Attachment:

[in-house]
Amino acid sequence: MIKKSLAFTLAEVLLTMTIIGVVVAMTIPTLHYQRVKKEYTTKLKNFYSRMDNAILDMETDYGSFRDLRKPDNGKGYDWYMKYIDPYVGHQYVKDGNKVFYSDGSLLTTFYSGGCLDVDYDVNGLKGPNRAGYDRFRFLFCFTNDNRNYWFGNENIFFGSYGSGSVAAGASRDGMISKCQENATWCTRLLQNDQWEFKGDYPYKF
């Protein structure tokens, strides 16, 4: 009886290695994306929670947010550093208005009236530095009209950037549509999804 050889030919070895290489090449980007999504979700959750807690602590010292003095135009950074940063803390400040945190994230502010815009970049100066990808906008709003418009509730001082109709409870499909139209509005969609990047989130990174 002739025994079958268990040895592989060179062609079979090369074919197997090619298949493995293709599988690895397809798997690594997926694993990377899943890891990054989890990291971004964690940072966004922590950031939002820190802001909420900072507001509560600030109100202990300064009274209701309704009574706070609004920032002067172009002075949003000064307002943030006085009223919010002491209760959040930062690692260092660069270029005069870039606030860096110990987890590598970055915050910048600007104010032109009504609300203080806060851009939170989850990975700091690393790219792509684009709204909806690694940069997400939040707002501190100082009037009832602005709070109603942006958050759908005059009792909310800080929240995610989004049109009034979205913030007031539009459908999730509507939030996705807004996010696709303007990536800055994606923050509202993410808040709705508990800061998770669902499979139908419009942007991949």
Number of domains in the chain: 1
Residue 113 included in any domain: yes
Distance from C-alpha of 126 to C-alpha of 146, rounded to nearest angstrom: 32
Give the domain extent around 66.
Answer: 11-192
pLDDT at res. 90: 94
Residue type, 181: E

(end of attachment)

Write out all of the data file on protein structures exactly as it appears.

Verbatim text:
[in-house]
Amino acid sequence: MIKKSLAFTLAEVLLTMTIIGVVVAMTIPTLHYQRVKKEYTTKLKNFYSRMDNAILDMETDYGSFRDLRKPDNGKGYDWYMKYIDPYVGHQYVKDGNKVFYSDGSLLTTFYSGGCLDVDYDVNGLKGPNRAGYDRFRFLFCFTNDNRNYWFGNENIFFGSYGSGSVAAGASRDGMISKCQENATWCTRLLQNDQWEFKGDYPYKF
């Protein structure tokens, strides 16, 4: 009886290695994306929670947010550093208005009236530095009209950037549509999804 050889030919070895290489090449980007999504979700959750807690602590010292003095135009950074940063803390400040945190994230502010815009970049100066990808906008709003418009509730001082109709409870499909139209509005969609990047989130990174 002739025994079958268990040895592989060179062609079979090369074919197997090619298949493995293709599988690895397809798997690594997926694993990377899943890891990054989890990291971004964690940072966004922590950031939002820190802001909420900072507001509560600030109100202990300064009274209701309704009574706070609004920032002067172009002075949003000064307002943030006085009223919010002491209760959040930062690692260092660069270029005069870039606030860096110990987890590598970055915050910048600007104010032109009504609300203080806060851009939170989850990975700091690393790219792509684009709204909806690694940069997400939040707002501190100082009037009832602005709070109603942006958050759908005059009792909310800080929240995610989004049109009034979205913030007031539009459908999730509507939030996705807004996010696709303007990536800055994606923050509202993410808040709705508990800061998770669902499979139908419009942007991949």
Number of domains in the chain: 1
Residue 113 included in any domain: yes
Distance from C-alpha of 126 to C-alpha of 146, rounded to nearest angstrom: 32
Give the domain extent around 66.
Answer: 11-192
pLDDT at res. 90: 94
Residue type, 181: E